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August 24, 2013

Port's first 'urban farm' to break ground soon

NEWBURYPORT -- A residential townhouse development stressing solar power, water recycling, composting and urban farming is being planned on an abandoned five-acre site off Route 1, the first of its kind in Newburyport.

Developing the property is Hall and Moskow, the firm that produced The Tannery on Water Street.

The company is still working to clean the land and finalize financing but organizers say it will be a green development that will keep utility costs near zero.

“People who would consider living here would be thinking about a life style,” said David Hall, a principal of Hall and Moskow. He said those interested in urban farming and a “near-zero energy cost” would be attracted to such a residential retreat.

The parcel is located on Cottage Court, a small thoroughfare off Pond Street. It is proximate to the corner of Pond and Route 1.

The acreage was the site of a landscaping business owned by Bruce Hiller, who died in 2008. The property and its contents declined over the years, and Hall says much “dirty” soil had to be removed following testing.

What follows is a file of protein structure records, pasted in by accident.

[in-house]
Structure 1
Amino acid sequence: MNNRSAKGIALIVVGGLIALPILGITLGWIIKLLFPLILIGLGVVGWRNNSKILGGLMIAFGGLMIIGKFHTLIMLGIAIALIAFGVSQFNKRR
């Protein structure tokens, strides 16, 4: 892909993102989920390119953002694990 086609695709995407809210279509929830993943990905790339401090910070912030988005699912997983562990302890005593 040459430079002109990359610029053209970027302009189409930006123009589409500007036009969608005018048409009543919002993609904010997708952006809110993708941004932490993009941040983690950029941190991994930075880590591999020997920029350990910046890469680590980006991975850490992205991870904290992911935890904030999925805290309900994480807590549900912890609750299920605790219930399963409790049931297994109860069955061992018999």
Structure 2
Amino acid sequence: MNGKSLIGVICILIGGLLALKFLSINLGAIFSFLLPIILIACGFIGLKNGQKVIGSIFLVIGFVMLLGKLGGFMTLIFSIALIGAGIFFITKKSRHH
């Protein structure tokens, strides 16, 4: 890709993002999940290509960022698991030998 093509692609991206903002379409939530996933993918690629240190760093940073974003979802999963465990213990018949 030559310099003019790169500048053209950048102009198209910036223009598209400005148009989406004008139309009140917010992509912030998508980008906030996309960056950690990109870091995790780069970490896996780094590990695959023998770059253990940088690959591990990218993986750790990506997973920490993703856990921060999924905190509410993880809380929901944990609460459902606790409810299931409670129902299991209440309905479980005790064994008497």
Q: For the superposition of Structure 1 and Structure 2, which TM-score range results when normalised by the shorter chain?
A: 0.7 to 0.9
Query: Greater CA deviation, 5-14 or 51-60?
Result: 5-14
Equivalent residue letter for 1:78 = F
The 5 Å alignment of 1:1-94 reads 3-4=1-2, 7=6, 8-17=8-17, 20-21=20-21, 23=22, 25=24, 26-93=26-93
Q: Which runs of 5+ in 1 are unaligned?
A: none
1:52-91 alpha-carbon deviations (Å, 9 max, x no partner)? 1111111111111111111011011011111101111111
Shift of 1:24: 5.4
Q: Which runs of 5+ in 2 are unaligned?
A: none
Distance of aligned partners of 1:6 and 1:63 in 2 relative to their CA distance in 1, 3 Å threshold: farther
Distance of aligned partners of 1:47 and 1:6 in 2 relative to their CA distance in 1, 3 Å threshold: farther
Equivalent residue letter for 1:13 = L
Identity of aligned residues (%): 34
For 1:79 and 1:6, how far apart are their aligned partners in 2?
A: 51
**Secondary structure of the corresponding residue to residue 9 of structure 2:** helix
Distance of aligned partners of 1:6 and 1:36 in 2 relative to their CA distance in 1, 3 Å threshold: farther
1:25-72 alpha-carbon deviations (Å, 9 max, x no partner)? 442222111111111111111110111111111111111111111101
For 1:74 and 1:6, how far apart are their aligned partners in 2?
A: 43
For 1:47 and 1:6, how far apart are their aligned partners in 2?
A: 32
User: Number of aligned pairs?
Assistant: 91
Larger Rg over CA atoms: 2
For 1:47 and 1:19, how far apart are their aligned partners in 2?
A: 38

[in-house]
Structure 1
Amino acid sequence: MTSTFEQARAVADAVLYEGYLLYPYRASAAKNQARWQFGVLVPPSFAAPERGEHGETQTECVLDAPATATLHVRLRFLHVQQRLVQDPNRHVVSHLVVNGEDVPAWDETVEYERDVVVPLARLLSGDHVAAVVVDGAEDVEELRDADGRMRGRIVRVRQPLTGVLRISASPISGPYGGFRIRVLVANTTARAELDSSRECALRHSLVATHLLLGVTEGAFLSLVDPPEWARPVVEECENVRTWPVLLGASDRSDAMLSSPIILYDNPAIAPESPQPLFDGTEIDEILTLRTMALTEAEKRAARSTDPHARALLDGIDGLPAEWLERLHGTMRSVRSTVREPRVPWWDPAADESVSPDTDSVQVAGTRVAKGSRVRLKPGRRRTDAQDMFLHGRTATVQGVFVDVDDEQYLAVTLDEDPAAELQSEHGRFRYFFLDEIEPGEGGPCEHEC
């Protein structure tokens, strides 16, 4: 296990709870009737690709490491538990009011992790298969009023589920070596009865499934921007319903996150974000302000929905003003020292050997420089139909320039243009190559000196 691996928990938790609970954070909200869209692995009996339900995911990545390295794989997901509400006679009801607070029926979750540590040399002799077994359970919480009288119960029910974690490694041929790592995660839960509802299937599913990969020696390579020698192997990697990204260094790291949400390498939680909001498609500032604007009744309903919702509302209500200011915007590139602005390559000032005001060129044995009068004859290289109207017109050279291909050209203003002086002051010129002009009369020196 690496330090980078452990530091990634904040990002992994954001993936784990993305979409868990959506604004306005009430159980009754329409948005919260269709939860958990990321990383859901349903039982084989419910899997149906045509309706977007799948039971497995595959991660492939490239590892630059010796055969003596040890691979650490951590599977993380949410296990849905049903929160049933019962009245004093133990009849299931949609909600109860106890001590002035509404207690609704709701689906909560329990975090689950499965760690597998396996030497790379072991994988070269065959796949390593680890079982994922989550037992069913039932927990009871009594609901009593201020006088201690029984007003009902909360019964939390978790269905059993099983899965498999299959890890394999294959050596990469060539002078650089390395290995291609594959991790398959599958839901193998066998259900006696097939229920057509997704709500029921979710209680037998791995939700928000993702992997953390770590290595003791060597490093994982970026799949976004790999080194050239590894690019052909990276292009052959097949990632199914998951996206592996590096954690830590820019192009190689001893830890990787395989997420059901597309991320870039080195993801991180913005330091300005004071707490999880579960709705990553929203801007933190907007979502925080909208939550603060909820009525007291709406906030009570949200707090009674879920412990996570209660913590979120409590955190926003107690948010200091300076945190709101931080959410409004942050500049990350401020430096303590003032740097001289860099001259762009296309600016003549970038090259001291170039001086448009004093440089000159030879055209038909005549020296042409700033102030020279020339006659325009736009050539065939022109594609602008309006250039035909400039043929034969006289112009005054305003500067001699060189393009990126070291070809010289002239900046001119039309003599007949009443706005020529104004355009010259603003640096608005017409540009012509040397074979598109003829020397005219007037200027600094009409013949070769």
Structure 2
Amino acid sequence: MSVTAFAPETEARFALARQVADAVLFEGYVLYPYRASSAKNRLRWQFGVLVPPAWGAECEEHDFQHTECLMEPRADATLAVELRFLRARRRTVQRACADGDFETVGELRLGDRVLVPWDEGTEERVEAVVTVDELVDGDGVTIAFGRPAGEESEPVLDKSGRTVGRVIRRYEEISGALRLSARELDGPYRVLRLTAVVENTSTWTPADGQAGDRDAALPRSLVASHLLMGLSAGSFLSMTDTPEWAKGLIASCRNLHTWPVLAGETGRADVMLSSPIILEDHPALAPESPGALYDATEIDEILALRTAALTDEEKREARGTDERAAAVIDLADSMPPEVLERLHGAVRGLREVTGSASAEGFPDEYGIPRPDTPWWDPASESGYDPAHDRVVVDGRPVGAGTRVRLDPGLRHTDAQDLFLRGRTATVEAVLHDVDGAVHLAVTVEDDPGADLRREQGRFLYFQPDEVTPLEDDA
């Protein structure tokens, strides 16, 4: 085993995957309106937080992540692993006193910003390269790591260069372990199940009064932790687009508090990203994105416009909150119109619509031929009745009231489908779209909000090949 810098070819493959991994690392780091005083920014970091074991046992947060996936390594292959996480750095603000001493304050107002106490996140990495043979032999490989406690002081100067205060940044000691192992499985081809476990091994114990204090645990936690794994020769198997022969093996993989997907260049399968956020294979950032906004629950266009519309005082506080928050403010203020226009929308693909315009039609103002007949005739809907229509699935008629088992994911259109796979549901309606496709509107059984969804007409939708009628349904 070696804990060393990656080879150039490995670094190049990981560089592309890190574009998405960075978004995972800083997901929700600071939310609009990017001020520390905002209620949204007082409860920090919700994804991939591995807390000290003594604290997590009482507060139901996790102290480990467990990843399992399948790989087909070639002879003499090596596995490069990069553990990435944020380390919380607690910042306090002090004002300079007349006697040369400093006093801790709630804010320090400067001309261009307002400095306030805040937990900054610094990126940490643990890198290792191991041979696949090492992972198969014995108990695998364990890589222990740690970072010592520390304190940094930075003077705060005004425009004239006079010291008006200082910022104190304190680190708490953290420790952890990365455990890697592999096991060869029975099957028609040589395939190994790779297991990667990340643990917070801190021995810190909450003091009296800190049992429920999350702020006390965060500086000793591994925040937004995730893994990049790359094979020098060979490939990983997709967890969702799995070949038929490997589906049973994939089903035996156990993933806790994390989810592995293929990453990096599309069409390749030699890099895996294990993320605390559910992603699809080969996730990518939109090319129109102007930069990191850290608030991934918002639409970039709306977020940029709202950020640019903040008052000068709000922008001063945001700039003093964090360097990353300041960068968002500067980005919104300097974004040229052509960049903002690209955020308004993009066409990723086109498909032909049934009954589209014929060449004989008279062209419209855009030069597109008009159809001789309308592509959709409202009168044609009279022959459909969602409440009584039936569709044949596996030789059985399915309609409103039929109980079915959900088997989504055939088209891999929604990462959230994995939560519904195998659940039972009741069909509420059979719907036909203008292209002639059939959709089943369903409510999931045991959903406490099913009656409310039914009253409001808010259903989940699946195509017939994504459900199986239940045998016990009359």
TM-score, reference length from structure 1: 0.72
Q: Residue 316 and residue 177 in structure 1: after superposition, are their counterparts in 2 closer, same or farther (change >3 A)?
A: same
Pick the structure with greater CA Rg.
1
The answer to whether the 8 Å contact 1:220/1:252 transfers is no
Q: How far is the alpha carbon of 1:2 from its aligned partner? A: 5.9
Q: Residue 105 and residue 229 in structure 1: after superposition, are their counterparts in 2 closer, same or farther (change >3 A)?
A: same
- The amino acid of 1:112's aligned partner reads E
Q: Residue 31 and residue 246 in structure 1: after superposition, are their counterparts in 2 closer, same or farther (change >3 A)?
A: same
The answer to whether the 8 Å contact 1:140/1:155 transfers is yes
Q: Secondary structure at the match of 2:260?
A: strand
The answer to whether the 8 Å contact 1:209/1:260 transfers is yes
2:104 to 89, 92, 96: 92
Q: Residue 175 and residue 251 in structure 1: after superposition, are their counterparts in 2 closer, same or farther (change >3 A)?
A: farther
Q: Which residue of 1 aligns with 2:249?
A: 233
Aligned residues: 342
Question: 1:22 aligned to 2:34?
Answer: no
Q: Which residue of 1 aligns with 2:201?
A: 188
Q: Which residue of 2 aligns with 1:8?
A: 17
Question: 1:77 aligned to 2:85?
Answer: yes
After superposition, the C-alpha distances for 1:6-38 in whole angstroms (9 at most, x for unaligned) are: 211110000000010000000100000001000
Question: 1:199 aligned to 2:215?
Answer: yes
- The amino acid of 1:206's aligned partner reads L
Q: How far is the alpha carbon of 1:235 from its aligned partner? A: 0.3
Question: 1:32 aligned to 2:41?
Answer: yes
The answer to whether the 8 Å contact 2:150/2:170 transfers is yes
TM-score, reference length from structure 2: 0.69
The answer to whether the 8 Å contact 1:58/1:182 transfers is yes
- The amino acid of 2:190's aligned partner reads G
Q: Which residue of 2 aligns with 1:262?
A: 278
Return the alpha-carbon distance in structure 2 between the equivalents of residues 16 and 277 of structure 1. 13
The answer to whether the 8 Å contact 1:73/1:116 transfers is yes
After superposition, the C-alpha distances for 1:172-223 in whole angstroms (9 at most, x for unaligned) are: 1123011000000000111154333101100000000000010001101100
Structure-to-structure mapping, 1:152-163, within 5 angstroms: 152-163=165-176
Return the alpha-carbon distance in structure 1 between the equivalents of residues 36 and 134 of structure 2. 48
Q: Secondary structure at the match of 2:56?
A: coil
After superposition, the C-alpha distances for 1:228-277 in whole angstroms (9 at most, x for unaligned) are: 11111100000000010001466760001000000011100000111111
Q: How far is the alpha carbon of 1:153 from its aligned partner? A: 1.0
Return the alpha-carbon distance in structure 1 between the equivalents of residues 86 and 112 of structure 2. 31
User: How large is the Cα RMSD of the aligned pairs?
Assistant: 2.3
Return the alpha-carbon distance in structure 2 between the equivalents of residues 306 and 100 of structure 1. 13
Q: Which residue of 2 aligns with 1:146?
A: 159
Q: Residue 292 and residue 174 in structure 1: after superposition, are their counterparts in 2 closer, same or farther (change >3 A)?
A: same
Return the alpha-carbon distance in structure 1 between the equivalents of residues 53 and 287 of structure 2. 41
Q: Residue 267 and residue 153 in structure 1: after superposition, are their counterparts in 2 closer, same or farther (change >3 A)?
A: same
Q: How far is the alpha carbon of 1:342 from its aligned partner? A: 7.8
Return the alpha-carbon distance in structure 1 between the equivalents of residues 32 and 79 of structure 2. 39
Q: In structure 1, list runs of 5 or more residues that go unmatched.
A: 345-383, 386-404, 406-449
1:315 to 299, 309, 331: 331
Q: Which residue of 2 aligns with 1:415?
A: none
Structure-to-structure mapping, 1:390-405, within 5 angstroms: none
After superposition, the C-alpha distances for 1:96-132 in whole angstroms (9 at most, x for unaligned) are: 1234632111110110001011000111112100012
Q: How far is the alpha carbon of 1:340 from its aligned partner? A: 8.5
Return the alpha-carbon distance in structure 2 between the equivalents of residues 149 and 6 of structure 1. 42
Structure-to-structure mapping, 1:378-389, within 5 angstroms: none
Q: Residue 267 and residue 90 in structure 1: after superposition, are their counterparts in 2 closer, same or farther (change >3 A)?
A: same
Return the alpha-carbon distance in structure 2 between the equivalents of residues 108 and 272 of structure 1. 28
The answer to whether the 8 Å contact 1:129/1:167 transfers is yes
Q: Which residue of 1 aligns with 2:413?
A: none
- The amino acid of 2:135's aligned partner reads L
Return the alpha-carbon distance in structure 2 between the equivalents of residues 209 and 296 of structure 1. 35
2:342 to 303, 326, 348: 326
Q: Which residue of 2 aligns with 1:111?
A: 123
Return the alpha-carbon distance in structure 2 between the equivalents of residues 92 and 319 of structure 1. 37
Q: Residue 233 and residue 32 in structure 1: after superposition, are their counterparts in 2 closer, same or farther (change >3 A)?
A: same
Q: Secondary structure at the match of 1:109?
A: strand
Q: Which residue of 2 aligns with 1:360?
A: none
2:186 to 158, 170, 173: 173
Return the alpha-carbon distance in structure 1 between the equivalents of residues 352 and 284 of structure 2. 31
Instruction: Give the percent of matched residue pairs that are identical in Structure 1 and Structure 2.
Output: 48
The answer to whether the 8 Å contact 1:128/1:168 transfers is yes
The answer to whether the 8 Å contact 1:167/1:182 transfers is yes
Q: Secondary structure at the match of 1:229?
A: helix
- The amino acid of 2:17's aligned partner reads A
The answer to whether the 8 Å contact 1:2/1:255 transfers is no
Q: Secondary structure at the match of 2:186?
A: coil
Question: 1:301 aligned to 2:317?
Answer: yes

About 105 truckloads -- almost 3,000 tons -- of suspect soil has been carted off. The land was bought three years ago, but because of soil issues Hall and his team are only now preparing to approach municipal boards to obtain permits.

Many developers would avoid acreage with contaminated dirt but Hall indicated his work in resurrecting commercial space at The Tannery on Water Street provided him with the experience to work with such soil.

Firm officials indicated that commercial banks are not interested in financing a development in that area. The company is getting financial support from MassDevelopment, a quasi-state agency that provides support to “unorthodox” construction opportunities. No financial figures were revealed.

The Hall and Moskow team received high marks from community leaders for developing The Tannery, the green assets of which include solar power, reconditioned construction products and a retractable roof covering that permits it to host a Farmer’s Market in four-season weather conditions.

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